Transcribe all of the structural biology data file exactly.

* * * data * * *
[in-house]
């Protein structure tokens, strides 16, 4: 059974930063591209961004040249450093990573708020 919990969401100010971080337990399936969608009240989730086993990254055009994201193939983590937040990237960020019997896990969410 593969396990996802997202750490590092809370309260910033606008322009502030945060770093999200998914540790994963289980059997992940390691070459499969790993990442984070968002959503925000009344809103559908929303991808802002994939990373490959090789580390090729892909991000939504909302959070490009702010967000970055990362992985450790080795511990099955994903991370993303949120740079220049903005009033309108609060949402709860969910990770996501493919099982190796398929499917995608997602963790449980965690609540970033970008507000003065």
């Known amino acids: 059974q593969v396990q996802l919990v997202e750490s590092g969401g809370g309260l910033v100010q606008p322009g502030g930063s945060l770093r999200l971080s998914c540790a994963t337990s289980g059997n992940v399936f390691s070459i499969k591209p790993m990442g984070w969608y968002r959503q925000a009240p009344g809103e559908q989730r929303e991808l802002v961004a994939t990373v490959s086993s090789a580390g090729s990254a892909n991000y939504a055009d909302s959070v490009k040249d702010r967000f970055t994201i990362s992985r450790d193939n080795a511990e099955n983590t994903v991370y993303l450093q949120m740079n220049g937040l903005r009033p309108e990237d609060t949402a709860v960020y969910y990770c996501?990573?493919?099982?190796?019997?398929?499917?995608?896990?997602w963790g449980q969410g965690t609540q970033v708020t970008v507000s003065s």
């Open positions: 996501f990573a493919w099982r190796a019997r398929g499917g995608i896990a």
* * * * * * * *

[in-house]
């Protein structure tokens, strides 16, 4: 059974930063591209961004040249450093990573708020 919990969401100010971080337990399936969608009240989730086993990254055009994201193939983590937040990237960020019997896990969410 593969396990996802997202750490590092809370309260910033606008322009502030945060770093999200998914540790994963289980059997992940390691070459499969790993990442984070968002959503925000009344809103559908929303991808802002994939990373490959090789580390090729892909991000939504909302959070490009702010967000970055990362992985450790080795511990099955994903991370993303949120740079220049903005009033309108609060949402709860969910990770996501493919099982190796398929499917995608997602963790449980965690609540970033970008507000003065």
């Known amino acids: 059974q593969v396990q996802l919990v997202e750490s590092g969401g809370g309260l910033v100010q606008p322009g502030g930063s945060l770093r999200l971080s998914c540790a994963t337990s289980g059997n992940v399936f390691s070459i499969k591209p790993m990442g984070w969608y968002r959503q925000a009240p009344g809103e559908q989730r929303e991808l802002v961004a994939t990373v490959s086993s090789a580390g090729s990254a892909n991000y939504a055009d909302s959070v490009k040249d702010r967000f970055t994201i990362s992985r450790d193939n080795a511990e099955n983590t994903v991370y993303l450093q949120m740079n220049g937040l903005r009033p309108e990237d609060t949402a709860v960020y969910y990770c996501?990573?493919?099982?190796?019997?398929?499917?995608?896990?997602w963790g449980q969410g965690t609540q970033v708020t970008v507000s003065s």
């Open positions: 996501f990573a493919w099982r190796a019997r398929g499917g995608i896990a």